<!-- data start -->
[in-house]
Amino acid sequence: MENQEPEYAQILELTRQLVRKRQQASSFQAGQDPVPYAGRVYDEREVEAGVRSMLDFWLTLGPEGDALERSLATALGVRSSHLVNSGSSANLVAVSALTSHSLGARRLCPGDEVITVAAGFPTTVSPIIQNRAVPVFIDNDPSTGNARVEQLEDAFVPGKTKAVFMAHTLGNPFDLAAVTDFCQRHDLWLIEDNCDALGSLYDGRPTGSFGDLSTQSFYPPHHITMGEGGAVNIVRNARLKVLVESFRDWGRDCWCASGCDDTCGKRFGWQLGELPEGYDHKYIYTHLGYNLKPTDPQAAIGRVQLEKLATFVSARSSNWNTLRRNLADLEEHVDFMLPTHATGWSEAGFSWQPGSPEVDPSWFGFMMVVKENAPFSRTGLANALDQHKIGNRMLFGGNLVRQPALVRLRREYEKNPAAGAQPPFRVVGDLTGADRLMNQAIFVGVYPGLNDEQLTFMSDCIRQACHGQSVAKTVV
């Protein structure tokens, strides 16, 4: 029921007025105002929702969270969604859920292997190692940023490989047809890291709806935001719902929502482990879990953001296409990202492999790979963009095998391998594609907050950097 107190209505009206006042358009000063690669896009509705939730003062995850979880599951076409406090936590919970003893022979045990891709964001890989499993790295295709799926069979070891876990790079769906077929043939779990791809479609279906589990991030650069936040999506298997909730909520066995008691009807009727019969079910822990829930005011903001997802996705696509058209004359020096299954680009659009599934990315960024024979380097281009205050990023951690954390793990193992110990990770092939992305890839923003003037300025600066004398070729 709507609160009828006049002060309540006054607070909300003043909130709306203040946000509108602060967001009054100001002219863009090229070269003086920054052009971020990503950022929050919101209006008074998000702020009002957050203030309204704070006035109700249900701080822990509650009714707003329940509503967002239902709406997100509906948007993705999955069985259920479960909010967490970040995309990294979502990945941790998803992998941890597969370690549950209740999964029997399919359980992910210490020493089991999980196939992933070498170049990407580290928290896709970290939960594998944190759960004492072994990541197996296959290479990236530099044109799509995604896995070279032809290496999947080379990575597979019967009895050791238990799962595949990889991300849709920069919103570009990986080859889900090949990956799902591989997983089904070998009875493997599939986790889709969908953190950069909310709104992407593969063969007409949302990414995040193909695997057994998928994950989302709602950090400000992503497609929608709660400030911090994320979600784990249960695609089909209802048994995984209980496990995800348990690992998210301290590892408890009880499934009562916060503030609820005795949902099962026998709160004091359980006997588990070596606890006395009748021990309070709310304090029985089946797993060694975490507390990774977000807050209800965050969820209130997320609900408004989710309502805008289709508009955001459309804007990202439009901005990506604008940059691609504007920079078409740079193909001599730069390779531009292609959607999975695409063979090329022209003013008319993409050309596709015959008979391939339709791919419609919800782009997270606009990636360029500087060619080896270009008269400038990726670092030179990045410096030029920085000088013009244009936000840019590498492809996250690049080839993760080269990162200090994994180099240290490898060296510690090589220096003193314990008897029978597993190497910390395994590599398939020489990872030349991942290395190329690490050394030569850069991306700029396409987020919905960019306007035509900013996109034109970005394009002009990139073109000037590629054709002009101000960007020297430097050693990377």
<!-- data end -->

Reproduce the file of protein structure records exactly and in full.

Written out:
[in-house]
Amino acid sequence: MENQEPEYAQILELTRQLVRKRQQASSFQAGQDPVPYAGRVYDEREVEAGVRSMLDFWLTLGPEGDALERSLATALGVRSSHLVNSGSSANLVAVSALTSHSLGARRLCPGDEVITVAAGFPTTVSPIIQNRAVPVFIDNDPSTGNARVEQLEDAFVPGKTKAVFMAHTLGNPFDLAAVTDFCQRHDLWLIEDNCDALGSLYDGRPTGSFGDLSTQSFYPPHHITMGEGGAVNIVRNARLKVLVESFRDWGRDCWCASGCDDTCGKRFGWQLGELPEGYDHKYIYTHLGYNLKPTDPQAAIGRVQLEKLATFVSARSSNWNTLRRNLADLEEHVDFMLPTHATGWSEAGFSWQPGSPEVDPSWFGFMMVVKENAPFSRTGLANALDQHKIGNRMLFGGNLVRQPALVRLRREYEKNPAAGAQPPFRVVGDLTGADRLMNQAIFVGVYPGLNDEQLTFMSDCIRQACHGQSVAKTVV
């Protein structure tokens, strides 16, 4: 029921007025105002929702969270969604859920292997190692940023490989047809890291709806935001719902929502482990879990953001296409990202492999790979963009095998391998594609907050950097 107190209505009206006042358009000063690669896009509705939730003062995850979880599951076409406090936590919970003893022979045990891709964001890989499993790295295709799926069979070891876990790079769906077929043939779990791809479609279906589990991030650069936040999506298997909730909520066995008691009807009727019969079910822990829930005011903001997802996705696509058209004359020096299954680009659009599934990315960024024979380097281009205050990023951690954390793990193992110990990770092939992305890839923003003037300025600066004398070729 709507609160009828006049002060309540006054607070909300003043909130709306203040946000509108602060967001009054100001002219863009090229070269003086920054052009971020990503950022929050919101209006008074998000702020009002957050203030309204704070006035109700249900701080822990509650009714707003329940509503967002239902709406997100509906948007993705999955069985259920479960909010967490970040995309990294979502990945941790998803992998941890597969370690549950209740999964029997399919359980992910210490020493089991999980196939992933070498170049990407580290928290896709970290939960594998944190759960004492072994990541197996296959290479990236530099044109799509995604896995070279032809290496999947080379990575597979019967009895050791238990799962595949990889991300849709920069919103570009990986080859889900090949990956799902591989997983089904070998009875493997599939986790889709969908953190950069909310709104992407593969063969007409949302990414995040193909695997057994998928994950989302709602950090400000992503497609929608709660400030911090994320979600784990249960695609089909209802048994995984209980496990995800348990690992998210301290590892408890009880499934009562916060503030609820005795949902099962026998709160004091359980006997588990070596606890006395009748021990309070709310304090029985089946797993060694975490507390990774977000807050209800965050969820209130997320609900408004989710309502805008289709508009955001459309804007990202439009901005990506604008940059691609504007920079078409740079193909001599730069390779531009292609959607999975695409063979090329022209003013008319993409050309596709015959008979391939339709791919419609919800782009997270606009990636360029500087060619080896270009008269400038990726670092030179990045410096030029920085000088013009244009936000840019590498492809996250690049080839993760080269990162200090994994180099240290490898060296510690090589220096003193314990008897029978597993190497910390395994590599398939020489990872030349991942290395190329690490050394030569850069991306700029396409987020919905960019306007035509900013996109034109970005394009002009990139073109000037590629054709002009101000960007020297430097050693990377």